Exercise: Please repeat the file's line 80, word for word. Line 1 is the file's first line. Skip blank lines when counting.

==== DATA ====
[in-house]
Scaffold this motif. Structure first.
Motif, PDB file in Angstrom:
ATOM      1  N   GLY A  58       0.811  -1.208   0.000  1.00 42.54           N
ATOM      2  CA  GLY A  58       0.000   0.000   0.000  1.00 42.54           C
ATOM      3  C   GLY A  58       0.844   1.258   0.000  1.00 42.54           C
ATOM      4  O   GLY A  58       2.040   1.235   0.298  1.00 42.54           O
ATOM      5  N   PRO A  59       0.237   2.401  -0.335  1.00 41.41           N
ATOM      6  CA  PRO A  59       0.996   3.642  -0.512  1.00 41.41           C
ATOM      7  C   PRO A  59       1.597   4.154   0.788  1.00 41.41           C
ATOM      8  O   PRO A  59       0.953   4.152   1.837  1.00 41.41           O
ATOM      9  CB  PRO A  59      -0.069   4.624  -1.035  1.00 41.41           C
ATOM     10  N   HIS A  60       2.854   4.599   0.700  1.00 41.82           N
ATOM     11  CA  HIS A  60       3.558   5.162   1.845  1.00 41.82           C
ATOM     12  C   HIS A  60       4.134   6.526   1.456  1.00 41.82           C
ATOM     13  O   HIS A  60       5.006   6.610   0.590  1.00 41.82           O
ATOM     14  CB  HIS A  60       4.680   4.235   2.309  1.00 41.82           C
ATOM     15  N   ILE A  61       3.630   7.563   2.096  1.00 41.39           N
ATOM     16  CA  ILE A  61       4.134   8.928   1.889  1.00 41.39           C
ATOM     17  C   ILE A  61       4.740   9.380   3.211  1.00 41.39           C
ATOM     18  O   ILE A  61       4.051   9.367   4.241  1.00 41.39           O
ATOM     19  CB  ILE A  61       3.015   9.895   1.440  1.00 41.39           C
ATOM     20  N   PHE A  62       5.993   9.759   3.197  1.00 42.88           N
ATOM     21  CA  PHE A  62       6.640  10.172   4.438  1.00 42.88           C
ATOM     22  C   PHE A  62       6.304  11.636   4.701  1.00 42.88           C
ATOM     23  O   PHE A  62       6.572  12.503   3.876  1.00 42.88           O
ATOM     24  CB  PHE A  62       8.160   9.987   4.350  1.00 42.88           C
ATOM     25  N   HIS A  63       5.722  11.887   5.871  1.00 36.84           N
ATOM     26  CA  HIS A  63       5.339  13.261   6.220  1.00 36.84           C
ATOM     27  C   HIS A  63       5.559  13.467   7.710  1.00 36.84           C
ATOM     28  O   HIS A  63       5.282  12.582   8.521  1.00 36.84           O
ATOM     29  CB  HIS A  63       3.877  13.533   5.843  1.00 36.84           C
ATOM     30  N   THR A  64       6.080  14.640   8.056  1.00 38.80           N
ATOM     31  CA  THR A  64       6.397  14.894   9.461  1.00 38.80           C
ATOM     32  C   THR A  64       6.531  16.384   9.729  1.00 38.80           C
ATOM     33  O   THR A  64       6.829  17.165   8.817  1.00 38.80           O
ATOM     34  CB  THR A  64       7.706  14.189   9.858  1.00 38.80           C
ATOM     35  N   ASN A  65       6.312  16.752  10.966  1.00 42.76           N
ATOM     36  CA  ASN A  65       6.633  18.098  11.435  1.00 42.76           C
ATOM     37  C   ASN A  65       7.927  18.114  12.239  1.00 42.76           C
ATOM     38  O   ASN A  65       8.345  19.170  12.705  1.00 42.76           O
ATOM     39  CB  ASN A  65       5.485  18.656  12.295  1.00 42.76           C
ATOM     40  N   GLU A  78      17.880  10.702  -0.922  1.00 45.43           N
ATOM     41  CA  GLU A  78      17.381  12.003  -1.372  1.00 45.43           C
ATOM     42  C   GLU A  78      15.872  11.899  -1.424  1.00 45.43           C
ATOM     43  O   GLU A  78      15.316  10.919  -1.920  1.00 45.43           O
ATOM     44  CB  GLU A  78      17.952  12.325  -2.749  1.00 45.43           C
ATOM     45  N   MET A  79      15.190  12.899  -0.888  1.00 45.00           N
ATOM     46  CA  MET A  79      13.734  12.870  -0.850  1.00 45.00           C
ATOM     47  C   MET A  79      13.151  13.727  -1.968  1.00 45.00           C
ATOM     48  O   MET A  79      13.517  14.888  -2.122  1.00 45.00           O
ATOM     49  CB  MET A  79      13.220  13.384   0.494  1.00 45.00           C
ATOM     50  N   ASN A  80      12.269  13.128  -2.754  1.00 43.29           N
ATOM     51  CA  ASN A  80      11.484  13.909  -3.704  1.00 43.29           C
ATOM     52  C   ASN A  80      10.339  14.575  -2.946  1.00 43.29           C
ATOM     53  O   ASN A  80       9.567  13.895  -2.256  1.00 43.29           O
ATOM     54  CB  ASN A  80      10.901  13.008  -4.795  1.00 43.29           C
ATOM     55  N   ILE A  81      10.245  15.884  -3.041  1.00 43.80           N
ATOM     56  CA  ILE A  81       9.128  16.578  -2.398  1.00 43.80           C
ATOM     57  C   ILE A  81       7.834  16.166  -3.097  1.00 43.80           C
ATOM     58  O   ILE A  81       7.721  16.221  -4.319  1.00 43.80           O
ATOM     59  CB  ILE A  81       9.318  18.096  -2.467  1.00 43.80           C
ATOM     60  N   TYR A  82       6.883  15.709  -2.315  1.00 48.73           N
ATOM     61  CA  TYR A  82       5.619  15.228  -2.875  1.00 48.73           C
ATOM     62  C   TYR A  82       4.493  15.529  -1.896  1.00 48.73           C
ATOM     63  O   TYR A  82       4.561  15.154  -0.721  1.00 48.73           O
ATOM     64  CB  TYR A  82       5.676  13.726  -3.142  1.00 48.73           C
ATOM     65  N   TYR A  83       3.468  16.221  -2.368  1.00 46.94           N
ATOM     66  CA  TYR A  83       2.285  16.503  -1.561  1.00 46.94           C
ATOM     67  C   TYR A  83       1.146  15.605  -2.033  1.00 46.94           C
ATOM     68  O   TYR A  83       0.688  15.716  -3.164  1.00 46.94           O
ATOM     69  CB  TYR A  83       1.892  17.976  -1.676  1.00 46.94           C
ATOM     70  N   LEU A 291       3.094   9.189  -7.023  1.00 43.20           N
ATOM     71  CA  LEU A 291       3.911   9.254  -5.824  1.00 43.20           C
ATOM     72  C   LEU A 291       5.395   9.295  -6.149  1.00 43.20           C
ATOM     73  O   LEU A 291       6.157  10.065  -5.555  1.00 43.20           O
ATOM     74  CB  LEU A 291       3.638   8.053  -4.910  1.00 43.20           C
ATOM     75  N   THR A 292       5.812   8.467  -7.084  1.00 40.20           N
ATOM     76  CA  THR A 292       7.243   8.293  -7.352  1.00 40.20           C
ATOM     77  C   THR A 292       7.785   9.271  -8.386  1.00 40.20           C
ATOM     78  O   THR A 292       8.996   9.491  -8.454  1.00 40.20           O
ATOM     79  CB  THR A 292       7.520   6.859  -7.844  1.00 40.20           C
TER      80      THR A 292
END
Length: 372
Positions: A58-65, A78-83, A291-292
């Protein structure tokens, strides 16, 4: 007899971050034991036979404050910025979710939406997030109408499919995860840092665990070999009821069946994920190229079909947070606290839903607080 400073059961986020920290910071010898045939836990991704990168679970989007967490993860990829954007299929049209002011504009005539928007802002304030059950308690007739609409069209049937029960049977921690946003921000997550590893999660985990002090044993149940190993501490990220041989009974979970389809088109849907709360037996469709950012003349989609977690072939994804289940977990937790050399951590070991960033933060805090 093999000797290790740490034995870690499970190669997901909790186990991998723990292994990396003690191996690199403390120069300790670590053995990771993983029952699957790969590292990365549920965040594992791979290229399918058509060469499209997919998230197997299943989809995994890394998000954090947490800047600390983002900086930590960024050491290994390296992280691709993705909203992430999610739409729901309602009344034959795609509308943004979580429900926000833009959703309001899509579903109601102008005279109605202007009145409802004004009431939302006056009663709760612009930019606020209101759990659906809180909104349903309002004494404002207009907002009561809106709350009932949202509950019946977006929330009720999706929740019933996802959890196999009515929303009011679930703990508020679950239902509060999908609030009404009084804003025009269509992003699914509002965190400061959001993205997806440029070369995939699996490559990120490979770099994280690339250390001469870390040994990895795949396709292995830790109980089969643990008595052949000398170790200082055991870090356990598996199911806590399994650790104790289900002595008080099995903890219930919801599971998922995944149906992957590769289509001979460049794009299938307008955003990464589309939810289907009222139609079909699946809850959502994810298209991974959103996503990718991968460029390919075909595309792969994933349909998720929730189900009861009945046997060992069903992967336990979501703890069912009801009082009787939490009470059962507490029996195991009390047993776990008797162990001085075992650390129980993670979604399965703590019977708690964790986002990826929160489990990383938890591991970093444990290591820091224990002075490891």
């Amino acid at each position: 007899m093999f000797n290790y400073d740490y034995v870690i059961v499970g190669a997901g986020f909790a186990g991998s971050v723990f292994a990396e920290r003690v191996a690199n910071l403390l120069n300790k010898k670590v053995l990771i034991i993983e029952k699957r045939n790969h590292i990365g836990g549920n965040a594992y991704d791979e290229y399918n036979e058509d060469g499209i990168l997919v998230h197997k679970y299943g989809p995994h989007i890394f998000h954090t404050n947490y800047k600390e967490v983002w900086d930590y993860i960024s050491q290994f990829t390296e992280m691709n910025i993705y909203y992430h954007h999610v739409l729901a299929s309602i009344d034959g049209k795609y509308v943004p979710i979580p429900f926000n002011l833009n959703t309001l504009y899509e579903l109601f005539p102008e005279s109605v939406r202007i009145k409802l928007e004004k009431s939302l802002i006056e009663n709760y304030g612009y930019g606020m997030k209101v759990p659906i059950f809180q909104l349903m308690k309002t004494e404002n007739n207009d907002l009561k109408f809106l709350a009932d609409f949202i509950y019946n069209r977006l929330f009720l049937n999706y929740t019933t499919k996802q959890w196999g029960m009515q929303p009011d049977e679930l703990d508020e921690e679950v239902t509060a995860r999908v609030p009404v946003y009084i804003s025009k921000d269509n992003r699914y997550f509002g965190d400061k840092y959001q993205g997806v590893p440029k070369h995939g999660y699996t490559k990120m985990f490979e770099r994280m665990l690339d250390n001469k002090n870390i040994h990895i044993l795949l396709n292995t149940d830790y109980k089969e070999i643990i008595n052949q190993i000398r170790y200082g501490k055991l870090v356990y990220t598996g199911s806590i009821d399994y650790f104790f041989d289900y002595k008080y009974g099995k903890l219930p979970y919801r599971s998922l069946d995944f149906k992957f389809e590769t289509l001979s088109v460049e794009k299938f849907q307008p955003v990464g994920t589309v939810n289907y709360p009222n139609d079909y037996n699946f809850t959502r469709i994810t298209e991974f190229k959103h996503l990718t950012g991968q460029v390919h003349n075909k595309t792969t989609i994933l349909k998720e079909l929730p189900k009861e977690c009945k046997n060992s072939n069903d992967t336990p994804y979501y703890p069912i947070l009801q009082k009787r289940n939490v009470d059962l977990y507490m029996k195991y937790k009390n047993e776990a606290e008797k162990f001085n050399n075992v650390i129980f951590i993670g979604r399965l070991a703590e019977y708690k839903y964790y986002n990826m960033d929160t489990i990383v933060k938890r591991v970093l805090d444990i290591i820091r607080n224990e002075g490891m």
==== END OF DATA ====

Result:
ATOM     77  C   THR A 292       7.785   9.271  -8.386  1.00 40.20           C